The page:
Environment, conservation wins for 2020
Milliam Murigi @millymur1
Kenya bans single-use plastics in protected areas
On World Environment Day, the country celebrated by banning single-use plastic in protected natural areas.
The ban came into effect on June 5 , 2020 in national parks, beaches, forests and conservation areas.
The ban means visitors will no longer be able to carry plastic water bottles, cups, disposable plates, cutlery, or straws into protected areas.
The move follows Kenya’s ground-breaking step of a nationwide ban on single-use plastic bags in 2017.
The protection of elephants is bearing fruit. The Amboseli National Park experienced an elephant baby boom, with about 170 elephant calves born as at August 13, 2020 and more are expected.
This is in contrast with 2018, where only 113 calves were born for the whole year.
This has also been facilitated by the country’s anti-poaching efforts. Only seven elephants have been poached in 2020, compared to 34 in 2019 and 80 in 2018.
Jewel of biodiversity
Scientists discovered along the Kenya, Tanzania coast, a rare ocean refuge for coral, where species are still thriving even despite the climate crisis that is destroying the nearby reefs.
The reef complex is found at an ocean cool spot, which scientists from the Wildlife Conservation Society (WCS) believe is protecting marine mammals and corals from the rising sea temperatures.
They believe that the geology of East Africa is responsible for this spot, which should be protected at all costs.
“Coral sanctuaries are regions where reefs have the best chance to survive climate change.
Scientists are scouring the world’s oceans to find and protect them,” said the study’s author and lead WCS coral scientist, Dr Tim McClanahan.
Black rhino numbers on the rise
In Africa, there’s some hope for one of the world’s most endangered animals: the black rhino.
It was recently announced that numbers of these incredible creatures are slowly, but surely on the rise.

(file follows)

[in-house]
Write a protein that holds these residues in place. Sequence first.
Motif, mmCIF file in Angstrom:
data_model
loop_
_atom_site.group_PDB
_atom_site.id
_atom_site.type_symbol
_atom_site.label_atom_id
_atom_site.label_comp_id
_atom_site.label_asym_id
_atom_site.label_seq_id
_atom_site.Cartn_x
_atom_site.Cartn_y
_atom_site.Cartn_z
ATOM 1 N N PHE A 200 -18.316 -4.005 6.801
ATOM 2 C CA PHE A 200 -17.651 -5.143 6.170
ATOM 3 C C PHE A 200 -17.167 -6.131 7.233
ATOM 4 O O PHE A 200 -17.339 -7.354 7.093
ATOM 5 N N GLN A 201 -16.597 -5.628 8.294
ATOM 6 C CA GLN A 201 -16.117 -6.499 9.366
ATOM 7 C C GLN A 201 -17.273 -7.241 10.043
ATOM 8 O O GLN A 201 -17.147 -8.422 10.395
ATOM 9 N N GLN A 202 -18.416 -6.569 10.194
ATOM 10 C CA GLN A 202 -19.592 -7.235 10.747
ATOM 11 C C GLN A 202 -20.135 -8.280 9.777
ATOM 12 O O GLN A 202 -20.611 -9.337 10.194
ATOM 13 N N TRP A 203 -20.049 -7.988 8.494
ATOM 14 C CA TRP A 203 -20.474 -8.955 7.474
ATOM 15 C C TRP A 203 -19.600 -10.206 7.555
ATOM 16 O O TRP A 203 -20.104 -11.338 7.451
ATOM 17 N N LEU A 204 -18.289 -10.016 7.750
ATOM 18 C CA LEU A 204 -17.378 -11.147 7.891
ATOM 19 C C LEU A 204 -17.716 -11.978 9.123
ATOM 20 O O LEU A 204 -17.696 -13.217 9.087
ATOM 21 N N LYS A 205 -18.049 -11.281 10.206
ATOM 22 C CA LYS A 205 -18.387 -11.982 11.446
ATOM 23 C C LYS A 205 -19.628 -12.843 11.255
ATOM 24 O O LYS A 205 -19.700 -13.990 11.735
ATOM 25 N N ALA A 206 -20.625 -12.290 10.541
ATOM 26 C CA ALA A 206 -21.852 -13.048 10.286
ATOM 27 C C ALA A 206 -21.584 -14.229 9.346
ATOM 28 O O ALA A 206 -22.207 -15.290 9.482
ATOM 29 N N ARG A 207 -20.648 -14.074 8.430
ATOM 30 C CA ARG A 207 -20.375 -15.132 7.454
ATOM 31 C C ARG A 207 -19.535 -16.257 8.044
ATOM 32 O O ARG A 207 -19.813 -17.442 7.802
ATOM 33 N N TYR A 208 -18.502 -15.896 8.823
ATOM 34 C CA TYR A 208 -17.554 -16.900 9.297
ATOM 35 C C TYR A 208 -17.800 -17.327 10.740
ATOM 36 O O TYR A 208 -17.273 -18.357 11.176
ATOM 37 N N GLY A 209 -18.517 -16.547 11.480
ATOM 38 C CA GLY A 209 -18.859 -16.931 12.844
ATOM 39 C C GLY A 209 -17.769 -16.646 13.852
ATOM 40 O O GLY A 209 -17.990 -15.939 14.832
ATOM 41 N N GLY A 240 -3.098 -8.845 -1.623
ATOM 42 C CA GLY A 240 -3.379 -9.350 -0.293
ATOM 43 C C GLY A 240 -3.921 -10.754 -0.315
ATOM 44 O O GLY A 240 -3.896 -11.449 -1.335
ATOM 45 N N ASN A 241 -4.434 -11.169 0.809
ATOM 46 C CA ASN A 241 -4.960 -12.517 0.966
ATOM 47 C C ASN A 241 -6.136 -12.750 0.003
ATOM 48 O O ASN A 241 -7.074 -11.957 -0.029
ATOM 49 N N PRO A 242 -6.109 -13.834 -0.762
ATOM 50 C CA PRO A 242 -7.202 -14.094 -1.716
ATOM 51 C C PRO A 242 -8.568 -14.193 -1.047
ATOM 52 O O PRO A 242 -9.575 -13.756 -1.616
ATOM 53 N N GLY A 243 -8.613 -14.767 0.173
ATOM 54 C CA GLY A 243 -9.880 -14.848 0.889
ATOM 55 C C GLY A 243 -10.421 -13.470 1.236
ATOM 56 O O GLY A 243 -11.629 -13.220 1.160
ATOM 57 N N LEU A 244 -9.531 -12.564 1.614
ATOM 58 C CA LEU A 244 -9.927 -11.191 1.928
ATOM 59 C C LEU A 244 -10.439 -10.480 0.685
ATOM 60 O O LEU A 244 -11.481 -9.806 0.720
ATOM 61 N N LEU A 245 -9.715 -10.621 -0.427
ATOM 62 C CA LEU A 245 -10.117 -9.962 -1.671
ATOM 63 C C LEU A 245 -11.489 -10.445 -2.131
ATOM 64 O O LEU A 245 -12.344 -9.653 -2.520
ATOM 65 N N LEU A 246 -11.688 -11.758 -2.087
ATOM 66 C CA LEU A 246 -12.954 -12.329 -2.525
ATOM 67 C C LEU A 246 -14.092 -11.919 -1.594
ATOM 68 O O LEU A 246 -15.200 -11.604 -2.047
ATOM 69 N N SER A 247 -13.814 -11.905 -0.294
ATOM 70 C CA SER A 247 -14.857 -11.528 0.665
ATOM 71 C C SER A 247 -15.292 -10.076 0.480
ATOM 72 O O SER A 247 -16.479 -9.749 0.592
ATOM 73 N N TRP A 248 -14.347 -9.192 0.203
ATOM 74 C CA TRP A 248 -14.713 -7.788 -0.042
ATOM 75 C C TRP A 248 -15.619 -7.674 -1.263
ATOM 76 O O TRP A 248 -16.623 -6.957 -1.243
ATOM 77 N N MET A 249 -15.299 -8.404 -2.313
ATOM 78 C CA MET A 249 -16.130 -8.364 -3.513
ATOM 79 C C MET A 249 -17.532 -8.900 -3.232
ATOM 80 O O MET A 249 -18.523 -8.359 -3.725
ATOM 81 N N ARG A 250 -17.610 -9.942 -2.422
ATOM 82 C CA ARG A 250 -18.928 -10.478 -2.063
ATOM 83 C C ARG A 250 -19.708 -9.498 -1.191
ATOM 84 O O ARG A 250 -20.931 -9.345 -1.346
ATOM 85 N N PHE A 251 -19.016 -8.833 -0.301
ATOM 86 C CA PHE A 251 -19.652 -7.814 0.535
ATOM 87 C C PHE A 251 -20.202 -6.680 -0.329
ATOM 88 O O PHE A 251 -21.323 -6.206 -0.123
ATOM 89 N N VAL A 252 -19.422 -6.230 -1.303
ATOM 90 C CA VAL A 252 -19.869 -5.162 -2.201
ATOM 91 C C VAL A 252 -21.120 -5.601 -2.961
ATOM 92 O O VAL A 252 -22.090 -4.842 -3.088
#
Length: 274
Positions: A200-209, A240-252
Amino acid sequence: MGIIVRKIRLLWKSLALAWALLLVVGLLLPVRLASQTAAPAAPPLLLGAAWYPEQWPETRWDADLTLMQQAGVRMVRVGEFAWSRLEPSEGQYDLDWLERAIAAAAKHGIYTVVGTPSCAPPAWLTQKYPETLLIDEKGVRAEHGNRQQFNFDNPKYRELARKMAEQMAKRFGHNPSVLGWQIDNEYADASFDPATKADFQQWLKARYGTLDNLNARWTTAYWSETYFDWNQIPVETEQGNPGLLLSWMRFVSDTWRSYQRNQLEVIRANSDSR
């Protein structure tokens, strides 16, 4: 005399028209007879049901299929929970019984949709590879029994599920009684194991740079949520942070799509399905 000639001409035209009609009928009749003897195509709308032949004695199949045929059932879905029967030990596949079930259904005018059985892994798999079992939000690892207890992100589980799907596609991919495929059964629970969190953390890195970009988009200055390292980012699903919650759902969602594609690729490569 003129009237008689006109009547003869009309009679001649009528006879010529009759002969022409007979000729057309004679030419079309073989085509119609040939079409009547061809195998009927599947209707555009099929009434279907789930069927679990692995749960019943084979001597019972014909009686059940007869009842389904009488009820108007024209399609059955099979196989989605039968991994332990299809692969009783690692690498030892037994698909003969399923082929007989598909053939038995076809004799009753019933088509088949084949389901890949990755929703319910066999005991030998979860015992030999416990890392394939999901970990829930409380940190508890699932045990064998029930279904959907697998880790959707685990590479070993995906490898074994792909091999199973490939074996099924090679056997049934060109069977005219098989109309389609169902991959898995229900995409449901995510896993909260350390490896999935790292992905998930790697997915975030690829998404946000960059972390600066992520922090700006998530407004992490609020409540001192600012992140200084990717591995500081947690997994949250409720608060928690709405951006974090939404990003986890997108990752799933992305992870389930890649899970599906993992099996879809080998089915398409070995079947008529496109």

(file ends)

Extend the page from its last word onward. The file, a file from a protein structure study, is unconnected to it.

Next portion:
In 2012, the black rhino population was at just over 4,800. However, due to the efforts of relocating groups and a clamp down on poachers, that number rose to around 5,500 in 2018.
This annual increase of 2.5 per cent over six years may feel like slow progress, but it is progress nonetheless.
Rare gorillas spotted
Another exciting wildlife capture is the new images of Cross River gorillas in Nigeria.
The Cross River is one of the most endangered gorilla subspecies in the world and has suffered decades of persecution, with estimated numbers being around 100 in Nigeria and 300 in the mountainous forest expanse extending over the border into Cameroon.
The camera-trap images were taken in the Mbe mountains in south-east Nigeria by the Wildlife Conservation Society and feature seven individuals, including infants.
The gorillas, rarely spotted, residing often in the deepest and least accessible areas of terrain, are believed to be cautious of humans following a long history of maltreatment.
Once thought to be extinct due to aggressive poaching, the species was rediscovered in the 1980s.
The new images are believed to be the surest sign of the Cross River’s gradual recovery, an encouraging indication that the species is now well protected and successfully reproducing.
China crack down on illegal wildlife trade
Covid-19 pandemic is believed to be a direct result of wildlife trade. Since it was linked to have started in China, the country has now made it illegal to trade and eat wild animals.
Not only will this help save lives of numerous species, but it has become an example for other countries to follow suit. Vietnam is one of the countries said to be considering this vital change.
Hope for pangolins as protection boosted
Still in China, the world’s most trafficked mammal, the pangolin, saw a small, but significant success.
The country delisted them from the official list of traditional Chinese medicine treatments, shortly after the species’ protected status was elevated to critically endangered by the International Union for Conservation of Nature.
Pangolins are an endangered species as they are targeted by illegal hunters for their scales and meat.
Conservation charities have welcomed the move; however, more campaigns continue to be held to ensure that China’s next move will be to enforce the regulations and work to change consumer behavior.
Pangolins eat ants and other insects and are often known as the scaly ant-eater. All eight species are protected under international law, but trade has been growing.
Law that could make climate change illegal
Denmark recently passed an ambitious new climate law to help them stay committed to mitigating climate change.
With this new law, climate targets are legally binding and are subject to yearly approval. If members of government fail to meet climate targets they must step down from their position.
Denmark is not relying on purchasing carbon credits to offset their carbon footprint; instead, they are taking real action to reduce Greenhouses Gas emissions within the country’s borders.
One way they are doing this is by taking a look at the impact of Danish imports and consumption, and examining in what ways this can be reduced. Local businesses will also be involved in the country-wide initiative.